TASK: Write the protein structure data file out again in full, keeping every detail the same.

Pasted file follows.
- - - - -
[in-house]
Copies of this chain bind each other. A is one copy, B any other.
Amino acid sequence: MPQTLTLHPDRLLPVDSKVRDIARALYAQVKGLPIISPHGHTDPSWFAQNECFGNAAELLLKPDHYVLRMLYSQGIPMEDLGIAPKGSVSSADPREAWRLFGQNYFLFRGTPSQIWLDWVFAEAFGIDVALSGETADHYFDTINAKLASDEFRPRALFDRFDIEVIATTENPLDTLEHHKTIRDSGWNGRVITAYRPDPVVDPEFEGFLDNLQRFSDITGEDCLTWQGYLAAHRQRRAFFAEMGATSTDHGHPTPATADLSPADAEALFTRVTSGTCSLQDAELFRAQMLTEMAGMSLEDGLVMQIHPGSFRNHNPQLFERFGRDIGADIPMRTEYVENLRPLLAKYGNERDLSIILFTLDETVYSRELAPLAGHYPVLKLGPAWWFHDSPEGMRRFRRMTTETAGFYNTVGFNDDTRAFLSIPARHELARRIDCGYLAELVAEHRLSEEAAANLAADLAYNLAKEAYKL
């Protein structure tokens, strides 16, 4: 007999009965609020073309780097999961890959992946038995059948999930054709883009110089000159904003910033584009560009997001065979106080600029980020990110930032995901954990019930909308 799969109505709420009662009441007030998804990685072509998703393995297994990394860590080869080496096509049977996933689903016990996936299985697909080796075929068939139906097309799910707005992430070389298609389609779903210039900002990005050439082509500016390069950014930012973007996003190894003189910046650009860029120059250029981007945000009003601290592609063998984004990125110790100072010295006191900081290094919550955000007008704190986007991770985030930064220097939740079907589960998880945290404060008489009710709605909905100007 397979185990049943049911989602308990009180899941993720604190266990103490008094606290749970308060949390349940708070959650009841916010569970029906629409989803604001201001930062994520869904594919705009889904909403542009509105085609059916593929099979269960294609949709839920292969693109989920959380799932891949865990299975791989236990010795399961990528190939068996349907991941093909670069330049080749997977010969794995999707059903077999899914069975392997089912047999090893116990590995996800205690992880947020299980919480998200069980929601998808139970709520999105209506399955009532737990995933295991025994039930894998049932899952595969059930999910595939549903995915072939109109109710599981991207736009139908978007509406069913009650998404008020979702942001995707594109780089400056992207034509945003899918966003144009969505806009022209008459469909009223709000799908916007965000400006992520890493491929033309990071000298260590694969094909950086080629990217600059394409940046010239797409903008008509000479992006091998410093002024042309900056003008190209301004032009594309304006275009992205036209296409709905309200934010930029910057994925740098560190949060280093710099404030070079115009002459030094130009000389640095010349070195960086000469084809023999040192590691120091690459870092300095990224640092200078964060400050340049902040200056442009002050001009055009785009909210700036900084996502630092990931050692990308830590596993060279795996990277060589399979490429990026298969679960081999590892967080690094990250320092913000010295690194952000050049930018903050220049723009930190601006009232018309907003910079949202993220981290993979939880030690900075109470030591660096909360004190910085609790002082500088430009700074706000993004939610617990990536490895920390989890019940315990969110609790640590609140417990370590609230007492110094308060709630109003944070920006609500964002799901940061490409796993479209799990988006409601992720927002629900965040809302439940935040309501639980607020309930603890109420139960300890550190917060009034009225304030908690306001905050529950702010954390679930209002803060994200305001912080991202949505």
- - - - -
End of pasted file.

[in-house]
Copies of this chain bind each other. A is one copy, B any other.
Amino acid sequence: MPQTLTLHPDRLLPVDSKVRDIARALYAQVKGLPIISPHGHTDPSWFAQNECFGNAAELLLKPDHYVLRMLYSQGIPMEDLGIAPKGSVSSADPREAWRLFGQNYFLFRGTPSQIWLDWVFAEAFGIDVALSGETADHYFDTINAKLASDEFRPRALFDRFDIEVIATTENPLDTLEHHKTIRDSGWNGRVITAYRPDPVVDPEFEGFLDNLQRFSDITGEDCLTWQGYLAAHRQRRAFFAEMGATSTDHGHPTPATADLSPADAEALFTRVTSGTCSLQDAELFRAQMLTEMAGMSLEDGLVMQIHPGSFRNHNPQLFERFGRDIGADIPMRTEYVENLRPLLAKYGNERDLSIILFTLDETVYSRELAPLAGHYPVLKLGPAWWFHDSPEGMRRFRRMTTETAGFYNTVGFNDDTRAFLSIPARHELARRIDCGYLAELVAEHRLSEEAAANLAADLAYNLAKEAYKL
């Protein structure tokens, strides 16, 4: 007999009965609020073309780097999961890959992946038995059948999930054709883009110089000159904003910033584009560009997001065979106080600029980020990110930032995901954990019930909308 799969109505709420009662009441007030998804990685072509998703393995297994990394860590080869080496096509049977996933689903016990996936299985697909080796075929068939139906097309799910707005992430070389298609389609779903210039900002990005050439082509500016390069950014930012973007996003190894003189910046650009860029120059250029981007945000009003601290592609063998984004990125110790100072010295006191900081290094919550955000007008704190986007991770985030930064220097939740079907589960998880945290404060008489009710709605909905100007 397979185990049943049911989602308990009180899941993720604190266990103490008094606290749970308060949390349940708070959650009841916010569970029906629409989803604001201001930062994520869904594919705009889904909403542009509105085609059916593929099979269960294609949709839920292969693109989920959380799932891949865990299975791989236990010795399961990528190939068996349907991941093909670069330049080749997977010969794995999707059903077999899914069975392997089912047999090893116990590995996800205690992880947020299980919480998200069980929601998808139970709520999105209506399955009532737990995933295991025994039930894998049932899952595969059930999910595939549903995915072939109109109710599981991207736009139908978007509406069913009650998404008020979702942001995707594109780089400056992207034509945003899918966003144009969505806009022209008459469909009223709000799908916007965000400006992520890493491929033309990071000298260590694969094909950086080629990217600059394409940046010239797409903008008509000479992006091998410093002024042309900056003008190209301004032009594309304006275009992205036209296409709905309200934010930029910057994925740098560190949060280093710099404030070079115009002459030094130009000389640095010349070195960086000469084809023999040192590691120091690459870092300095990224640092200078964060400050340049902040200056442009002050001009055009785009909210700036900084996502630092990931050692990308830590596993060279795996990277060589399979490429990026298969679960081999590892967080690094990250320092913000010295690194952000050049930018903050220049723009930190601006009232018309907003910079949202993220981290993979939880030690900075109470030591660096909360004190910085609790002082500088430009700074706000993004939610617990990536490895920390989890019940315990969110609790640590609140417990370590609230007492110094308060709630109003944070920006609500964002799901940061490409796993479209799990988006409601992720927002629900965040809302439940935040309501639980607020309930603890109420139960300890550190917060009034009225304030908690306001905050529950702010954390679930209002803060994200305001912080991202949505």